Undamaged reinforced concrete school in the Rokkomichi area. The building was used as a refuge center in the weeks following the earthquake.

It appears that, in general, buildings (other than smaller buildings) constructed using the above provisions of the current code performed well in the earthquake and protected life safety. However, a number of newer buildings, including high rises, were severely damaged and more damage may be uncovered as buildings are carefully evaluated. Structures that did poorly included older houses and smaller commercial buildings (both concrete and steel), and mid-rise concrete structures designed and constructed prior to the early 1980s using the same nonductile details that had been employed in high-seismic U.S. regions up until the early 1970s.

Reinforced Concrete-frame Buildings

Many of the mid-rise structures in Kobe were reinforced concrete-frame buildings of two types: The older ones were of nonductile concrete frame and the newer ones were of SRC frame.


Modern parking garage in central Kobe (Chuo Ward). The building was undamaged. The structural system includes steel moment-resisting frames and concrete shear walls.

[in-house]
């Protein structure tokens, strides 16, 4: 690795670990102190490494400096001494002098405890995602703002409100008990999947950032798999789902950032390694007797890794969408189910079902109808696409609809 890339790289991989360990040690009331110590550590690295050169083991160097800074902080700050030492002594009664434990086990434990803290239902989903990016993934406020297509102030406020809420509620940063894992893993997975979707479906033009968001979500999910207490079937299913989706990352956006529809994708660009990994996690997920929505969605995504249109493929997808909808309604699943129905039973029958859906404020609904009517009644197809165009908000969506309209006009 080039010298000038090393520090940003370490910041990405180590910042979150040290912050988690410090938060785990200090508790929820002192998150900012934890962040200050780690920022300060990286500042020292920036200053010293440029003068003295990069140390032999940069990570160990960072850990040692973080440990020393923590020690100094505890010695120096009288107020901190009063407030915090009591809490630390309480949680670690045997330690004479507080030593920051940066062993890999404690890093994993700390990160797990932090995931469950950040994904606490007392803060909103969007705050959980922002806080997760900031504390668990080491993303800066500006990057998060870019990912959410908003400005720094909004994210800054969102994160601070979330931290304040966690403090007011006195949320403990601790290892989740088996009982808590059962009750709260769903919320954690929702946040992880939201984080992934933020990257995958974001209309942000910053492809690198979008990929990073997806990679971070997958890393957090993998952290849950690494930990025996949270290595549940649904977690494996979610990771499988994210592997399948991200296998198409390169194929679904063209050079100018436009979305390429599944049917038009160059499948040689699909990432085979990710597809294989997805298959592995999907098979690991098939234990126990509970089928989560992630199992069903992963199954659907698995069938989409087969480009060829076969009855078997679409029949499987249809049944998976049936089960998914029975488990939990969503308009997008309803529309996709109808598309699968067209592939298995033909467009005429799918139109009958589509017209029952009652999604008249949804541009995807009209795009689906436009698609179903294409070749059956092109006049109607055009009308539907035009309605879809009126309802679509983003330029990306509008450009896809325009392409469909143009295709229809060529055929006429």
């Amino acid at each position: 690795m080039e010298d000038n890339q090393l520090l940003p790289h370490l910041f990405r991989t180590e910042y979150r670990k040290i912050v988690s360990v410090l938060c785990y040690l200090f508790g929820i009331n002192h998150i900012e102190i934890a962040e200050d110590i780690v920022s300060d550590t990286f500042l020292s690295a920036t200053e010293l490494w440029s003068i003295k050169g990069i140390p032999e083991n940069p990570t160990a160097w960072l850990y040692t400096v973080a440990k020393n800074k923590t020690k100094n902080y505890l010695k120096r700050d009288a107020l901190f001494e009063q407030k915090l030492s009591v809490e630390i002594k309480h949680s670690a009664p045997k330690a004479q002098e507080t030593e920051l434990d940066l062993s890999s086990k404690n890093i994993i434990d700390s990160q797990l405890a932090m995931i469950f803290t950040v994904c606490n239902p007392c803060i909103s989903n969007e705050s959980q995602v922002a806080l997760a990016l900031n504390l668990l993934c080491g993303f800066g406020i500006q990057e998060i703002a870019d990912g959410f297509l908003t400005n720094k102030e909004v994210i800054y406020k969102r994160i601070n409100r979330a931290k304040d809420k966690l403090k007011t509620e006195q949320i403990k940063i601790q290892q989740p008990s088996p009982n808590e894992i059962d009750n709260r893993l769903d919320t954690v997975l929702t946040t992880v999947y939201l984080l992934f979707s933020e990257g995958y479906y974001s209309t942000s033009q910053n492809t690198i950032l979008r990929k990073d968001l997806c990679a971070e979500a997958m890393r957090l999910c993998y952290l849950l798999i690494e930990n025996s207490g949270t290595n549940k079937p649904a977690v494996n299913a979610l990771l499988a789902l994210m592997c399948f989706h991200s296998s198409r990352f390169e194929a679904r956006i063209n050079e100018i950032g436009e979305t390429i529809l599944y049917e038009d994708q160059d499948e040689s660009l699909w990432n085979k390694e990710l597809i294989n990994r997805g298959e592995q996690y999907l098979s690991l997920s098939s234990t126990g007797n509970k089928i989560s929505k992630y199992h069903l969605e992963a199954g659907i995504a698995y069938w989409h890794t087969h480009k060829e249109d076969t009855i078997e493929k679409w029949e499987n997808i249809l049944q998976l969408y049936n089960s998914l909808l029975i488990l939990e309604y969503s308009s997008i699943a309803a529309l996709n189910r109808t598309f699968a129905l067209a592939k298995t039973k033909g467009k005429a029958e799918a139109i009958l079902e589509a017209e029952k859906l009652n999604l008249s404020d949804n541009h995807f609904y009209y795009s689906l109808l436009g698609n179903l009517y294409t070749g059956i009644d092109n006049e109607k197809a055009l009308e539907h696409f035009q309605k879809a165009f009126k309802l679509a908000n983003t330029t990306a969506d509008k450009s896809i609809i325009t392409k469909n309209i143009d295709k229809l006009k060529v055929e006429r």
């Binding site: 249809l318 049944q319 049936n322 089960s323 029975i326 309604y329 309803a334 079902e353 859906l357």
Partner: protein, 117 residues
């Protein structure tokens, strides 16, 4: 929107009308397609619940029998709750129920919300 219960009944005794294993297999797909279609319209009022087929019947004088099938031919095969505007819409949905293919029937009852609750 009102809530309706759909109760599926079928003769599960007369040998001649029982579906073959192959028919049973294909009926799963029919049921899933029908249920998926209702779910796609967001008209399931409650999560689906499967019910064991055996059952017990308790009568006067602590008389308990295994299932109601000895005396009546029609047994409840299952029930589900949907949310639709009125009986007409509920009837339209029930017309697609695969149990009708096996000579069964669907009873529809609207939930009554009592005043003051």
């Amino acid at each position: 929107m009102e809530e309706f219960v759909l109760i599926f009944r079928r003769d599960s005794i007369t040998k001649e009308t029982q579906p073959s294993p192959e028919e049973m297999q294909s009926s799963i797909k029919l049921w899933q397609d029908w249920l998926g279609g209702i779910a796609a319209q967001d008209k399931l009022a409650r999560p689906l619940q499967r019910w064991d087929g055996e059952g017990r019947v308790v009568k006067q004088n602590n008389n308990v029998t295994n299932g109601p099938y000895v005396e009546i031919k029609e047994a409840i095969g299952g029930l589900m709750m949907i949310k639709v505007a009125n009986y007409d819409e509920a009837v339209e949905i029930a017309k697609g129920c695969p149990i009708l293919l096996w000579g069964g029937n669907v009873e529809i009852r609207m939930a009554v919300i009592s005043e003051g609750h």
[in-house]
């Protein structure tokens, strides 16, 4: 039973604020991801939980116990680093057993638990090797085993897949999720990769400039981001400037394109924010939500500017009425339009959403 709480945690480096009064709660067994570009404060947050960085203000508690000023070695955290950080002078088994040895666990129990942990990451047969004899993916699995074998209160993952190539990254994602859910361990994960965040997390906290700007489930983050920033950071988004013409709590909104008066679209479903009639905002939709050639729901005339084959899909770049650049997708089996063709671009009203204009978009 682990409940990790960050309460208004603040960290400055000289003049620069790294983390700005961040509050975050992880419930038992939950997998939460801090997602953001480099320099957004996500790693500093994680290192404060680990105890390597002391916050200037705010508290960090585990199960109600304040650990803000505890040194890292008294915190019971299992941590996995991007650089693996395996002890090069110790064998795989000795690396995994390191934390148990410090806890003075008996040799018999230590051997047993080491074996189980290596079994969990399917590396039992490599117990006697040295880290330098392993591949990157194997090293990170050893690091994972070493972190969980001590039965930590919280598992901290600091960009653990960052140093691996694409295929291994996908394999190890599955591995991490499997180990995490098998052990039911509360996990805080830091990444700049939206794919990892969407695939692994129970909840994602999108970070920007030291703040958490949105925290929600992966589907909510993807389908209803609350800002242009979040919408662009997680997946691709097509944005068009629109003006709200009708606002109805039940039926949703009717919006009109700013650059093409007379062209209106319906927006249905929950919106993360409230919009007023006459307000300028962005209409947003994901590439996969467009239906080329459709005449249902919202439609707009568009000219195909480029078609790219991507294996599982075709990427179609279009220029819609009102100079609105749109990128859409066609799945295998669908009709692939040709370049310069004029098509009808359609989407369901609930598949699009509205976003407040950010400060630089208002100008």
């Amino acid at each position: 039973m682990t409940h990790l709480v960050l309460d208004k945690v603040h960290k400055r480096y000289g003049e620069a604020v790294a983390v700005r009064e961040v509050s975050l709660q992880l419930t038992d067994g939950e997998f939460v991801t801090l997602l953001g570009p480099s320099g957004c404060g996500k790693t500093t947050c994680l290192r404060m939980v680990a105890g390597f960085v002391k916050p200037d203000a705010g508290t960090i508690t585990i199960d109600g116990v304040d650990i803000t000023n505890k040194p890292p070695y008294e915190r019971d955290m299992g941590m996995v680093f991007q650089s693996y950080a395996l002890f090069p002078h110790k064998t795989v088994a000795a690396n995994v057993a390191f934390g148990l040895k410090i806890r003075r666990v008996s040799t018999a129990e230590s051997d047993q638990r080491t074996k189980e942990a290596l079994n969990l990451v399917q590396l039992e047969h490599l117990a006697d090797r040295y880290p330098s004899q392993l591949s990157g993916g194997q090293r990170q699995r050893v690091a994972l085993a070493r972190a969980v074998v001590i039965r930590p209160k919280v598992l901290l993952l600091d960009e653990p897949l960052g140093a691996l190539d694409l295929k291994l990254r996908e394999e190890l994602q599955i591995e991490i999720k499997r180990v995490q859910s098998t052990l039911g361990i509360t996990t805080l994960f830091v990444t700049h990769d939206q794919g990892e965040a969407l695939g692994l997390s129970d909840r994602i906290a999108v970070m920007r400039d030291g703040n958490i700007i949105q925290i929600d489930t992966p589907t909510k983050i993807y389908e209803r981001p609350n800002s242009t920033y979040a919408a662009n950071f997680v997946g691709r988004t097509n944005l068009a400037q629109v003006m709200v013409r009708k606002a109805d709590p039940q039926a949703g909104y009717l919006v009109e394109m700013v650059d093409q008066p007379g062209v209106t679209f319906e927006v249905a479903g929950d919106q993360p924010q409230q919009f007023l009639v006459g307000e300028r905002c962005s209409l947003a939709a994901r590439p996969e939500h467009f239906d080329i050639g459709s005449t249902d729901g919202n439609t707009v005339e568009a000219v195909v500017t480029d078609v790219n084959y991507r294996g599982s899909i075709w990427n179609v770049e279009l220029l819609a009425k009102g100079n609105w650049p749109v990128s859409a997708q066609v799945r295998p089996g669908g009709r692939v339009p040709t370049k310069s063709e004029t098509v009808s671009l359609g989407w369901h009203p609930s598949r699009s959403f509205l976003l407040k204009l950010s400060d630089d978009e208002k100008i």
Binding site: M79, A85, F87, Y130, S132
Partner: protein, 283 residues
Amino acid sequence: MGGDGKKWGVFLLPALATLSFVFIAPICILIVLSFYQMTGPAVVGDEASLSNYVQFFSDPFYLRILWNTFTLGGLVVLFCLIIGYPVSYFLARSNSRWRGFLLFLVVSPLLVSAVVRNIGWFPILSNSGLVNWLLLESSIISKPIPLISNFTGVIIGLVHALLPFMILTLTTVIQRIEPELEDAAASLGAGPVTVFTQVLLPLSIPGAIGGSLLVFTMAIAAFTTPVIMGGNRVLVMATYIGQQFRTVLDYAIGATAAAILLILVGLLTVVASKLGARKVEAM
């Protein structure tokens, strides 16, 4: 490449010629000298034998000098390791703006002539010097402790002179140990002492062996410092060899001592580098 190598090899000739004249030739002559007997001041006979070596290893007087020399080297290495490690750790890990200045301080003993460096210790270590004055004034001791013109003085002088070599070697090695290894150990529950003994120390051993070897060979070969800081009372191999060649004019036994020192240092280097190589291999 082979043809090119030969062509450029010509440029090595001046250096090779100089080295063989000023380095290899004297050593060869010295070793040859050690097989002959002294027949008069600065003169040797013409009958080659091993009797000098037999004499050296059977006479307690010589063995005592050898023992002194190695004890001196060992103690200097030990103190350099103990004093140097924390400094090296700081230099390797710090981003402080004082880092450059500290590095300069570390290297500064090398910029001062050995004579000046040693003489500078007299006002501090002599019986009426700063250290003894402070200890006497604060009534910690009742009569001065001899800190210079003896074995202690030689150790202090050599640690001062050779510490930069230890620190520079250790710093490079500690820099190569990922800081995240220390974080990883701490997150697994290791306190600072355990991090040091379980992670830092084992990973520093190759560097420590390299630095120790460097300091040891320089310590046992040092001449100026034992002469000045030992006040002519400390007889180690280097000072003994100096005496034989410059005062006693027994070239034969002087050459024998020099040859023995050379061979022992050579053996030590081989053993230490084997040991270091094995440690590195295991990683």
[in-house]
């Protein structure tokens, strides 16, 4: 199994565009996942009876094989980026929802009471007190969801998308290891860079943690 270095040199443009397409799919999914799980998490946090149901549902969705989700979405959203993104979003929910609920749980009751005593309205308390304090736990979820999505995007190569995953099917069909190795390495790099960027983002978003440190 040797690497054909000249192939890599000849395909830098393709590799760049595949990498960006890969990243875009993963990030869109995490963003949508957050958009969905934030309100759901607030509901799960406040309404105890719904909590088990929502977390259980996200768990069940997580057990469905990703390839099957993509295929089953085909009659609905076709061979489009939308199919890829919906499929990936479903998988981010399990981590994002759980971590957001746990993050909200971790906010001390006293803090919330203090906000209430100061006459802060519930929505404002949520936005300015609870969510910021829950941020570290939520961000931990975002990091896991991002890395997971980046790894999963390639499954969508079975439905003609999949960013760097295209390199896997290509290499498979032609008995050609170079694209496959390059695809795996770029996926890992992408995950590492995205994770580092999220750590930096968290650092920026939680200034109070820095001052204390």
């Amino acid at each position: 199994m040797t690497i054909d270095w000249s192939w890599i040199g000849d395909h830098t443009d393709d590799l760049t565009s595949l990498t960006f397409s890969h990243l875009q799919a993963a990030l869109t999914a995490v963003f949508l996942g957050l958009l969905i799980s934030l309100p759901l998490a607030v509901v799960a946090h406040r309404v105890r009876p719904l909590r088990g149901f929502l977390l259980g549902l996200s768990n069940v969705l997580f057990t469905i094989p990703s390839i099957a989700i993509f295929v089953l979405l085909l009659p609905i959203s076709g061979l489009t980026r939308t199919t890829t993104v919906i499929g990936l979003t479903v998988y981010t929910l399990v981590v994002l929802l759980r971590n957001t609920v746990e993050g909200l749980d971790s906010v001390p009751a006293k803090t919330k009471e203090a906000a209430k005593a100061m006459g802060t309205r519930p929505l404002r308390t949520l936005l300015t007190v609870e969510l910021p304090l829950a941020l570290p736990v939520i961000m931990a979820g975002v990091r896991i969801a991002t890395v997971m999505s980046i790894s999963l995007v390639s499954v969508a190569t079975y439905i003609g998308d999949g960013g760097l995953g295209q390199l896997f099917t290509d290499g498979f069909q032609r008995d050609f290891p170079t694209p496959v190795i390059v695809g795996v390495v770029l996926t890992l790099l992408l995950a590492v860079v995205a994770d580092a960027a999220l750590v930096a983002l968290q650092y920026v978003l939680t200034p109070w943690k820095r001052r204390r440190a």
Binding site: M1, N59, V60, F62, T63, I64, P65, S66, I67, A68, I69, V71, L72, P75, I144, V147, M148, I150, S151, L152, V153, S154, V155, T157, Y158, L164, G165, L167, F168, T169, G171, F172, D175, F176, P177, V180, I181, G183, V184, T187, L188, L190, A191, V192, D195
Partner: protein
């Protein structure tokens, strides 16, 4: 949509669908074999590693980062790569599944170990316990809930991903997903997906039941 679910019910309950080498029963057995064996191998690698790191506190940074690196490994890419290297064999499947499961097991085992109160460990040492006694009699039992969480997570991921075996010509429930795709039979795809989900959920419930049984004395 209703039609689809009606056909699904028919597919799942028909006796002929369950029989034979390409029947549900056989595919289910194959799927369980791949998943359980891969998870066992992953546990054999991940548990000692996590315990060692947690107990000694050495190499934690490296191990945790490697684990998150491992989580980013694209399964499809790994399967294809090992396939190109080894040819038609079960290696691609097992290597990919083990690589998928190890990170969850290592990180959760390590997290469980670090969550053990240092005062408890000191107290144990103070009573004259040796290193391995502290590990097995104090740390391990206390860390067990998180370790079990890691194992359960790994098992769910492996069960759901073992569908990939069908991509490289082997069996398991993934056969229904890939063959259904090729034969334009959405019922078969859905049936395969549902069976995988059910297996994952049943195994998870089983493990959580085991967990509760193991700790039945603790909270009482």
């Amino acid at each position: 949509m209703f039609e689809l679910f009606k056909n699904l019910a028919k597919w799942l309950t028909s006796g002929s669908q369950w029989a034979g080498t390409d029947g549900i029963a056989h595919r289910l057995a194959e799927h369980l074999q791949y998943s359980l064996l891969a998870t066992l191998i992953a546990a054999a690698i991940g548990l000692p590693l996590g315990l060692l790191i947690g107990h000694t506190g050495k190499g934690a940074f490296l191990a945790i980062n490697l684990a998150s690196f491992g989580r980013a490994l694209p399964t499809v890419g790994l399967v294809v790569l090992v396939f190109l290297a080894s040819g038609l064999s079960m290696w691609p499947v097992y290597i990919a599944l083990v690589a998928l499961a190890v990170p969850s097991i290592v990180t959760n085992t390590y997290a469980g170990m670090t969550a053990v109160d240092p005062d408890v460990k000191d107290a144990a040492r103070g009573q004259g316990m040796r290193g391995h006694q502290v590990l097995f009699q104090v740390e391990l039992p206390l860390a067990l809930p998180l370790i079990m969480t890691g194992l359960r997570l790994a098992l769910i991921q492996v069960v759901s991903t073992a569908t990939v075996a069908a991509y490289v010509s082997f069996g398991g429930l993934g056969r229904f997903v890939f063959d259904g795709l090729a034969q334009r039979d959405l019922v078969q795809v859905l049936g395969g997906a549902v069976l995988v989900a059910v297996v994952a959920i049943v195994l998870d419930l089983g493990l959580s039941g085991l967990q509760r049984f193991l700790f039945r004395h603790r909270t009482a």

Dozens of reinforced concrete commercial buildings partially or completely collapsed at one or more floor levels. Typically, the buildings were 6 to 12 stories tall, and the failure often occurred within the middle third of the building height. One possible contributing factor was that the period of the strong ground motion pulses may have been in a range that generally coincided with higher vibration modes for these buildings. This would have tended to amplify stresses in the middle portion of the buildings.

Another possible factor was that there were changes in building strength or stiffness at these levels. For example, if shear walls or the steel columns encased in concrete that extend up from the foundation discontinue at a floor level, the strength and/or stiffness of the structure above that floor may be significantly less than at the floor below.


Kobe City Hall, Sannomiya District. In the foreground is the old City Hall with a mid-story collapse. Behind it is the new City Hall, which exhibits signs of only minor damage.